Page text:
Project Glitzy Serged Table Runner
Skill Level: Intermediate
Skill Level: Intermediate
Add this fun table runner to your holiday celebrations! Practice serging circles and play with Madeira Glamour Thread in this fun tutorial! Download printable instructions.
*This tutorial was recreated from a previous Baby Lock education project.
Following the instructions for the fusible webbing, fuse the two cotton fabrics together with wrong sides together, so that you’ll have one fabric on top and the other on the opposite side.
The webbing is only 17” wide, so you’ll need to cut and butt the webbing up next to each other to fill the fabric space. Work in sections to fuse the entire yard together.
Then, fold your fabric in half again lengthwise (selvage to selvage) and draw six 10” circle .
(Find a bowl or print two of the semi-circle templates at the end of this tutorial and tape them together.) Or, if you prefer to cut out each circle individually (instead of two-at-a-time), leave your fabric unfolded and draw twelve circles. TIP: When drawing the circles onto your fabric, try to keep them in line with each other when cutting, especially if you are using a geometric print. The patterns will look more aligned when stitched together later.
Cut out your circles either two-at-a-time with the fabric doubled over or as a single circle at a time. Regardless, you need twelve double-sided fused circles. Take your time cutting them out so that they are more even.
Next, use the included square template.
Center it on each circle and trace around it on your fabric with a fabric marking tool. Because I used a geometric-patterned fabric, it was easy to keep the shapes oriented the same way. Keep the direction of your fabric’s pattern in mind when tracing the squares on to your fabric.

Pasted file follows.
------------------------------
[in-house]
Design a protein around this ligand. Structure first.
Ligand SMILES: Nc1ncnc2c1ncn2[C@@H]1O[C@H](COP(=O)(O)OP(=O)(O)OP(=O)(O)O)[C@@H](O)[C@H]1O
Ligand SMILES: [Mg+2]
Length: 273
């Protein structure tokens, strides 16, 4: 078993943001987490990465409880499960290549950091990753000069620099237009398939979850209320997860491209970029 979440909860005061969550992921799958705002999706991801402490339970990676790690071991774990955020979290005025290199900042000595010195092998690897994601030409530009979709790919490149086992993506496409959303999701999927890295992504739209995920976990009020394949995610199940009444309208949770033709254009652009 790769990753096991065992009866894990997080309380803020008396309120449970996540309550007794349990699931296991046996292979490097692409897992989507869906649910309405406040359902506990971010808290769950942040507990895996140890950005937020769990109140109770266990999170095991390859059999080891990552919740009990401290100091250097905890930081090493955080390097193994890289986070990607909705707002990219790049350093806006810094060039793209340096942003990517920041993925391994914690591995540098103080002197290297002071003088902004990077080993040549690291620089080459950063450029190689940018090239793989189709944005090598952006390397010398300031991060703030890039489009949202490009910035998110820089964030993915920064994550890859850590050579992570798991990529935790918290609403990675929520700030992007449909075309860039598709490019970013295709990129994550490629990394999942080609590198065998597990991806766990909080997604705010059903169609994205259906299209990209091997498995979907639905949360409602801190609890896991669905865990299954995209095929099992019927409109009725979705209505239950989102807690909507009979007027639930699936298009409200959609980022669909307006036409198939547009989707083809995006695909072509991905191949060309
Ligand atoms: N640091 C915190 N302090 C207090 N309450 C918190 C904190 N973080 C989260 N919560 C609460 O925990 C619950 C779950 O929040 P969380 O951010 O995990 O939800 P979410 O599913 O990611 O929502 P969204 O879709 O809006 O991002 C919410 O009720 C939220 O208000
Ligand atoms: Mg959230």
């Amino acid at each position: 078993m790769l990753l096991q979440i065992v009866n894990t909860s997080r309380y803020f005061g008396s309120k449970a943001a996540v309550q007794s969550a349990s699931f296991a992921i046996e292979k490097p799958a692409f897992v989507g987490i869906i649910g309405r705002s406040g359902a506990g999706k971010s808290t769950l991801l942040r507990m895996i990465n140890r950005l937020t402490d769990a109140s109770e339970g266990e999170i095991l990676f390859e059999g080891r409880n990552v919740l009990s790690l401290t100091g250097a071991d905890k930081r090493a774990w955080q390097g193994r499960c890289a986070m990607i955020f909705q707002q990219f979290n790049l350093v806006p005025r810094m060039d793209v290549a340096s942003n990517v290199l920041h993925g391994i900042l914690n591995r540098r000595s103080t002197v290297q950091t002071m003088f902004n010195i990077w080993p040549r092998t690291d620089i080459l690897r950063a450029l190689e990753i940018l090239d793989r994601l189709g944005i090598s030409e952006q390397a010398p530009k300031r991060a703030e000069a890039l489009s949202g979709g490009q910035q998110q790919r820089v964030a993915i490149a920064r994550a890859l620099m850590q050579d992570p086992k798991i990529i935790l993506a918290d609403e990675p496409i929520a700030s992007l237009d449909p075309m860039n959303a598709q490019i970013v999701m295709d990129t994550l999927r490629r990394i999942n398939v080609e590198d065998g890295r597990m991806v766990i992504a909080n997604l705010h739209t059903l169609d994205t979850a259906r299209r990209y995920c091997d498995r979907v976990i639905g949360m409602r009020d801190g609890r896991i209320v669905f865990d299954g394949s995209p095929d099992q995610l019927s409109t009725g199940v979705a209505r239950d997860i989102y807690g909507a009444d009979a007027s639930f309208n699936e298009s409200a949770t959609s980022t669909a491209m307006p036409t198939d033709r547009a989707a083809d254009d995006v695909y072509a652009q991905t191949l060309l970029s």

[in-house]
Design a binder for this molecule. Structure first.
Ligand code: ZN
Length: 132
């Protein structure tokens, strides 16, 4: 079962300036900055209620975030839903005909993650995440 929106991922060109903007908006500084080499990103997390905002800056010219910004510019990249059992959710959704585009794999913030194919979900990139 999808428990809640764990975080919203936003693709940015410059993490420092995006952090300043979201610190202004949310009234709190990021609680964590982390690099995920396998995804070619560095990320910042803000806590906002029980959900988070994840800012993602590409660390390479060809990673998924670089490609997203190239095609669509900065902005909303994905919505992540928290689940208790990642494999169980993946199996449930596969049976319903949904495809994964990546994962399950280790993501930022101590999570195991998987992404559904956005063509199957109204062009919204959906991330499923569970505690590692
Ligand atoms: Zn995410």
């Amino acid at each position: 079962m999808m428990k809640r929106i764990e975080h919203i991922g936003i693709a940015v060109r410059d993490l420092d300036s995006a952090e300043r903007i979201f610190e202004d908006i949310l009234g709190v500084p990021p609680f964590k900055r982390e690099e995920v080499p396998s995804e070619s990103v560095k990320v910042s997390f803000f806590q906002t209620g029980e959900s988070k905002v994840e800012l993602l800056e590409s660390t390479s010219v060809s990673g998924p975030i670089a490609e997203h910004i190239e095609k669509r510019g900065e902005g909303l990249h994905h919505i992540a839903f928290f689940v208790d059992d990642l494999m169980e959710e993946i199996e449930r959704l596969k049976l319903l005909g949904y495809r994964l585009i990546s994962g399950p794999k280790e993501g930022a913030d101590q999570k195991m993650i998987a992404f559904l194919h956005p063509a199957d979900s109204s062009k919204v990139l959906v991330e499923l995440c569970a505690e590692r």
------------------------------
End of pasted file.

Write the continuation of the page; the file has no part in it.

Stitch along the marked line, using a thread that will hide on the outside fabric.
The black fabric in my project created the 4-pointed stars in the project and therefore, was the outside fabric. So, I used a black thread that would not show and wouldn’t need to be removed later. These stitch lines will help you identify the fold lines. If you have a fabric that will show the stitch lines too much for your liking, you may opt to use a basting stitch to pull it out later. Below: the drawn line is faint, but it’s there and I’m using the Teflon foot on this fabric. You can see my needle is in the center and I’m following that line to stitch the square on every circle. This stitch line is very helpful with pressing the correct amount in on each circle consistently later in the project.
Now, we get to use that fun Madeira Glamour Thread! Set up your serger with a 3-thread Overlock Wide stitch.